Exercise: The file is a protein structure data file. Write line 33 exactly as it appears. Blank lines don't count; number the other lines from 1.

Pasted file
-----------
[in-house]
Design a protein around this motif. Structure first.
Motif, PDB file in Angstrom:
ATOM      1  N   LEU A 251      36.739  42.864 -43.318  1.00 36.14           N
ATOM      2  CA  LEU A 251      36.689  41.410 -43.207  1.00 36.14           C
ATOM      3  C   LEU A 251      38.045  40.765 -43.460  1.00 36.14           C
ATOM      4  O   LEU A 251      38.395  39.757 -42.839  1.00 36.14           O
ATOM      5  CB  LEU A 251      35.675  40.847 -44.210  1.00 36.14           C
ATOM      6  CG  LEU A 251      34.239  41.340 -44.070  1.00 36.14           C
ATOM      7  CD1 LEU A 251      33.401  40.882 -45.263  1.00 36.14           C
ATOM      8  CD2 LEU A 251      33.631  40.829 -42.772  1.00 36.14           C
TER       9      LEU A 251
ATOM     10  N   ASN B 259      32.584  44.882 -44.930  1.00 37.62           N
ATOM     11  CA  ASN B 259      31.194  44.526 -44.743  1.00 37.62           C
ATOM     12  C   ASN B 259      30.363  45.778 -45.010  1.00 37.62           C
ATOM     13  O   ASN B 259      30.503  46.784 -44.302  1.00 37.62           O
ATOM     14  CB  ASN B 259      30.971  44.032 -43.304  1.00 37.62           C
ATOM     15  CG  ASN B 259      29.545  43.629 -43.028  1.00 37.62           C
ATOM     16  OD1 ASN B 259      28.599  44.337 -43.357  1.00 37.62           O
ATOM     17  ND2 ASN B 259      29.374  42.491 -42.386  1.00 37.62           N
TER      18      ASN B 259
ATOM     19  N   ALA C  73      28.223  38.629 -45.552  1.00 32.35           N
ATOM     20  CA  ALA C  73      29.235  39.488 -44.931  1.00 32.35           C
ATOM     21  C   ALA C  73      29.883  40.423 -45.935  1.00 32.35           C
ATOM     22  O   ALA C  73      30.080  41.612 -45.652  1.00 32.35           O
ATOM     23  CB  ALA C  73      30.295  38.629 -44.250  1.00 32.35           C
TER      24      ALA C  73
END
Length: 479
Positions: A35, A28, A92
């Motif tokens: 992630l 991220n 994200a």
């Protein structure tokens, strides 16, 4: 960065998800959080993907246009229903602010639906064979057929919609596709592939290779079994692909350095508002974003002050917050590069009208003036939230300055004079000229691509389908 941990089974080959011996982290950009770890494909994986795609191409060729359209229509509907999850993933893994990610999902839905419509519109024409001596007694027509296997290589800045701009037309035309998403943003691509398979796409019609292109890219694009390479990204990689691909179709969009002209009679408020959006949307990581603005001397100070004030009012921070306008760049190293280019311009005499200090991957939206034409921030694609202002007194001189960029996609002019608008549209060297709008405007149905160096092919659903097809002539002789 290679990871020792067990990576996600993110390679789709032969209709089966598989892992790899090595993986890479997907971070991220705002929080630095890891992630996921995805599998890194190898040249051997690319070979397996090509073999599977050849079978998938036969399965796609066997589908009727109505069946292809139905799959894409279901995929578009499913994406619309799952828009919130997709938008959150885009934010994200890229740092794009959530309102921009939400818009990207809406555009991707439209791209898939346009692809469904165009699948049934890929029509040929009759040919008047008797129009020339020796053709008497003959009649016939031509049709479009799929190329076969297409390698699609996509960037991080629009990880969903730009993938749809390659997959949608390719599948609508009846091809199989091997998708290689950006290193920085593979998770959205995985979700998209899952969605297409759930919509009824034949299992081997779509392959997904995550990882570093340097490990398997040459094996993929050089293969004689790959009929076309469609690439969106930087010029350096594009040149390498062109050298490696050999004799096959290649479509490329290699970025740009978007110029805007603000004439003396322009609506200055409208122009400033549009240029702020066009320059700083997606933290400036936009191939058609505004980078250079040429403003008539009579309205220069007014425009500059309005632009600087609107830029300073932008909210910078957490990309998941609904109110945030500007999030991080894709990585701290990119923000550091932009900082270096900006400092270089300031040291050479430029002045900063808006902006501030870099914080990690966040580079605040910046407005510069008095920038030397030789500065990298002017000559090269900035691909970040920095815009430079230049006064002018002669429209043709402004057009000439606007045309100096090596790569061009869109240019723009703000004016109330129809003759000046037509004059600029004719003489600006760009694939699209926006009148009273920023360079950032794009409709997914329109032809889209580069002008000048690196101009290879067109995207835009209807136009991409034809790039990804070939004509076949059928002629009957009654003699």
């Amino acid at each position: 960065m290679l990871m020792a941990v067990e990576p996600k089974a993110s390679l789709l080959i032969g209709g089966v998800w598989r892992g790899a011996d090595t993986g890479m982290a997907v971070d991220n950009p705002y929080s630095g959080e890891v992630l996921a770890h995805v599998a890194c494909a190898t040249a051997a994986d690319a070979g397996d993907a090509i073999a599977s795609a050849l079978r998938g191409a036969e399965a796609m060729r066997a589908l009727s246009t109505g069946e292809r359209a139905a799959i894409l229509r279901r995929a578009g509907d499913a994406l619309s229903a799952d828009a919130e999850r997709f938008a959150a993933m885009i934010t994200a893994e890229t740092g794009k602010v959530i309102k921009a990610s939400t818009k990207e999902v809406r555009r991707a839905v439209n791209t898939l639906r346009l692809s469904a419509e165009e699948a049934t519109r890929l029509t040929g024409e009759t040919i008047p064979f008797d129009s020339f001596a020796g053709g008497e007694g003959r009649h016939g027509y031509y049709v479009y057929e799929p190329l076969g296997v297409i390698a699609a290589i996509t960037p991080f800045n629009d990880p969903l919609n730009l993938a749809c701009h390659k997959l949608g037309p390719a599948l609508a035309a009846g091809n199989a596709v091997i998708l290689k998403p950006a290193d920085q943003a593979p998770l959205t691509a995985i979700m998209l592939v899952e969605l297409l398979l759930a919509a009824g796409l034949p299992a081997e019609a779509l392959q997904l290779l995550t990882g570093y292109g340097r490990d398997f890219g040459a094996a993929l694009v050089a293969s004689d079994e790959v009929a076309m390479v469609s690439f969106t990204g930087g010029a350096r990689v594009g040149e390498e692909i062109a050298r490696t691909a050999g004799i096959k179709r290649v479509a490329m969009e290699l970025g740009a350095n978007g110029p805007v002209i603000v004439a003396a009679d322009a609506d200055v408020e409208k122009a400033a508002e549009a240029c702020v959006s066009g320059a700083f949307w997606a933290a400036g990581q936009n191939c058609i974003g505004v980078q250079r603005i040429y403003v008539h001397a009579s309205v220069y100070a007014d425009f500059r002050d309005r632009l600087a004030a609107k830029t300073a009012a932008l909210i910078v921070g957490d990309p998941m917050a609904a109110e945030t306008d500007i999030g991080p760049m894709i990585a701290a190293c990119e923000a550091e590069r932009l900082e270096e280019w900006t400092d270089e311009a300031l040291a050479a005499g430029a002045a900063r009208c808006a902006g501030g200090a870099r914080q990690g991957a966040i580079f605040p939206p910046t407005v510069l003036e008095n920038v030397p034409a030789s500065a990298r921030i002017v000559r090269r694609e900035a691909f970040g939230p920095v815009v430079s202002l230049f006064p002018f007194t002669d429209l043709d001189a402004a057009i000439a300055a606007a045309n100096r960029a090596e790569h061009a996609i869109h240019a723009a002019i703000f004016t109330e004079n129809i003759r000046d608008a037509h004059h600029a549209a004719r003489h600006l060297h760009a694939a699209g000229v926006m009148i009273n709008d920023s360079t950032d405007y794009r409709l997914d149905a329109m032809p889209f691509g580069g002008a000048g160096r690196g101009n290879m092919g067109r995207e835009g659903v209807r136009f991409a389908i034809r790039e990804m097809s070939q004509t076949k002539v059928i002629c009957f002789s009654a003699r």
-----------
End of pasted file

């Amino acid at each position: 960065m290679l990871m020792a941990v067990e990576p996600k089974a993110s390679l789709l080959i032969g209709g089966v998800w598989r892992g790899a011996d090595t993986g890479m982290a997907v971070d991220n950009p705002y929080s630095g959080e890891v992630l996921a770890h995805v599998a890194c494909a190898t040249a051997a994986d690319a070979g397996d993907a090509i073999a599977s795609a050849l079978r998938g191409a036969e399965a796609m060729r066997a589908l009727s246009t109505g069946e292809r359209a139905a799959i894409l229509r279901r995929a578009g509907d499913a994406l619309s229903a799952d828009a919130e999850r997709f938008a959150a993933m885009i934010t994200a893994e890229t740092g794009k602010v959530i309102k921009a990610s939400t818009k990207e999902v809406r555009r991707a839905v439209n791209t898939l639906r346009l692809s469904a419509e165009e699948a049934t519109r890929l029509t040929g024409e009759t040919i008047p064979f008797d129009s020339f001596a020796g053709g008497e007694g003959r009649h016939g027509y031509y049709v479009y057929e799929p190329l076969g296997v297409i390698a699609a290589i996509t960037p991080f800045n629009d990880p969903l919609n730009l993938a749809c701009h390659k997959l949608g037309p390719a599948l609508a035309a009846g091809n199989a596709v091997i998708l290689k998403p950006a290193d920085q943003a593979p998770l959205t691509a995985i979700m998209l592939v899952e969605l297409l398979l759930a919509a009824g796409l034949p299992a081997e019609a779509l392959q997904l290779l995550t990882g570093y292109g340097r490990d398997f890219g040459a094996a993929l694009v050089a293969s004689d079994e790959v009929a076309m390479v469609s690439f969106t990204g930087g010029a350096r990689v594009g040149e390498e692909i062109a050298r490696t691909a050999g004799i096959k179709r290649v479509a490329m969009e290699l970025g740009a350095n978007g110029p805007v002209i603000v004439a003396a009679d322009a609506d200055v408020e409208k122009a400033a508002e549009a240029c702020v959006s066009g320059a700083f949307w997606a933290a400036g990581q936009n191939c058609i974003g505004v980078q250079r603005i040429y403003v008539h001397a009579s309205v220069y100070a007014d425009f500059r002050d309005r632009l600087a004030a609107k830029t300073a009012a932008l909210i910078v921070g957490d990309p998941m917050a609904a109110e945030t306008d500007i999030g991080p760049m894709i990585a701290a190293c990119e923000a550091e590069r932009l900082e270096e280019w900006t400092d270089e311009a300031l040291a050479a005499g430029a002045a900063r009208c808006a902006g501030g200090a870099r914080q990690g991957a966040i580079f605040p939206p910046t407005v510069l003036e008095n920038v030397p034409a030789s500065a990298r921030i002017v000559r090269r694609e900035a691909f970040g939230p920095v815009v430079s202002l230049f006064p002018f007194t002669d429209l043709d001189a402004a057009i000439a300055a606007a045309n100096r960029a090596e790569h061009a996609i869109h240019a723009a002019i703000f004016t109330e004079n129809i003759r000046d608008a037509h004059h600029a549209a004719r003489h600006l060297h760009a694939a699209g000229v926006m009148i009273n709008d920023s360079t950032d405007y794009r409709l997914d149905a329109m032809p889209f691509g580069g002008a000048g160096r690196g101009n290879m092919g067109r995207e835009g659903v209807r136009f991409a389908i034809r790039e990804m097809s070939q004509t076949k002539v059928i002629c009957f002789s009654a003699r």